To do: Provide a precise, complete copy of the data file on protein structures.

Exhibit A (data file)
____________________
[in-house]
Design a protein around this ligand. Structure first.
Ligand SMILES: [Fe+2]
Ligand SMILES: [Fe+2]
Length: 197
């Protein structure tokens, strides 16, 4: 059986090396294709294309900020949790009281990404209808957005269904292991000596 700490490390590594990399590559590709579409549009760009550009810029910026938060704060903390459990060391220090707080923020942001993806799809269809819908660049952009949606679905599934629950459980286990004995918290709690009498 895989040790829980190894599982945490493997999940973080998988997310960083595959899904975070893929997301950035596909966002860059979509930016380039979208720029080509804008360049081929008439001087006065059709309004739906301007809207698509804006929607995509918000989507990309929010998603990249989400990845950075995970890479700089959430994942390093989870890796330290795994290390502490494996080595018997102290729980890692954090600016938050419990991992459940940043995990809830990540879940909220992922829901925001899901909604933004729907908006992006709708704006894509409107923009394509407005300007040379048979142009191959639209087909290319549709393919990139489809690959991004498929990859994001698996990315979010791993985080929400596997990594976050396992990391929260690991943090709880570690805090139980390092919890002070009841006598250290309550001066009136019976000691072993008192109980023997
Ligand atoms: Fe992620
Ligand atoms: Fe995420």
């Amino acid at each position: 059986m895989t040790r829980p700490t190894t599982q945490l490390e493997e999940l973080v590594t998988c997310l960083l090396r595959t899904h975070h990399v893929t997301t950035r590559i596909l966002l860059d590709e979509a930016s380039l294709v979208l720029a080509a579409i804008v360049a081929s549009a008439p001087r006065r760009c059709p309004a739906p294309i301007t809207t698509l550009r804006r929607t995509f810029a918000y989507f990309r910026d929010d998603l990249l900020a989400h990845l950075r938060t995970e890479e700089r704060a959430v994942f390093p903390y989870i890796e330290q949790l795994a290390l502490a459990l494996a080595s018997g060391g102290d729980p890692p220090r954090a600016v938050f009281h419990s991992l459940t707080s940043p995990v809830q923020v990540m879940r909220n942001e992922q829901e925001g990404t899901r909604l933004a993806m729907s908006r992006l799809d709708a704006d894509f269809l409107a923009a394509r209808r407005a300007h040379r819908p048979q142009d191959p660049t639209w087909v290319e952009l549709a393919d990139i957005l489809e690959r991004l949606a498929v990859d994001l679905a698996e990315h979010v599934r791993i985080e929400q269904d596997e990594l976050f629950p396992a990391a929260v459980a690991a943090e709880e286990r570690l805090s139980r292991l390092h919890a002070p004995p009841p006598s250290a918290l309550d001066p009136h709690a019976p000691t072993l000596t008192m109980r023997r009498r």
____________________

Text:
[in-house]
Design a protein around this ligand. Structure first.
Ligand SMILES: [Fe+2]
Ligand SMILES: [Fe+2]
Length: 197
């Protein structure tokens, strides 16, 4: 059986090396294709294309900020949790009281990404209808957005269904292991000596 700490490390590594990399590559590709579409549009760009550009810029910026938060704060903390459990060391220090707080923020942001993806799809269809819908660049952009949606679905599934629950459980286990004995918290709690009498 895989040790829980190894599982945490493997999940973080998988997310960083595959899904975070893929997301950035596909966002860059979509930016380039979208720029080509804008360049081929008439001087006065059709309004739906301007809207698509804006929607995509918000989507990309929010998603990249989400990845950075995970890479700089959430994942390093989870890796330290795994290390502490494996080595018997102290729980890692954090600016938050419990991992459940940043995990809830990540879940909220992922829901925001899901909604933004729907908006992006709708704006894509409107923009394509407005300007040379048979142009191959639209087909290319549709393919990139489809690959991004498929990859994001698996990315979010791993985080929400596997990594976050396992990391929260690991943090709880570690805090139980390092919890002070009841006598250290309550001066009136019976000691072993008192109980023997
Ligand atoms: Fe992620
Ligand atoms: Fe995420």
């Amino acid at each position: 059986m895989t040790r829980p700490t190894t599982q945490l490390e493997e999940l973080v590594t998988c997310l960083l090396r595959t899904h975070h990399v893929t997301t950035r590559i596909l966002l860059d590709e979509a930016s380039l294709v979208l720029a080509a579409i804008v360049a081929s549009a008439p001087r006065r760009c059709p309004a739906p294309i301007t809207t698509l550009r804006r929607t995509f810029a918000y989507f990309r910026d929010d998603l990249l900020a989400h990845l950075r938060t995970e890479e700089r704060a959430v994942f390093p903390y989870i890796e330290q949790l795994a290390l502490a459990l494996a080595s018997g060391g102290d729980p890692p220090r954090a600016v938050f009281h419990s991992l459940t707080s940043p995990v809830q923020v990540m879940r909220n942001e992922q829901e925001g990404t899901r909604l933004a993806m729907s908006r992006l799809d709708a704006d894509f269809l409107a923009a394509r209808r407005a300007h040379r819908p048979q142009d191959p660049t639209w087909v290319e952009l549709a393919d990139i957005l489809e690959r991004l949606a498929v990859d994001l679905a698996e990315h979010v599934r791993i985080e929400q269904d596997e990594l976050f629950p396992a990391a929260v459980a690991a943090e709880e286990r570690l805090s139980r292991l390092h919890a002070p004995p009841p006598s250290a918290l309550d001066p009136h709690a019976p000691t072993l000596t008192m109980r023997r009498r």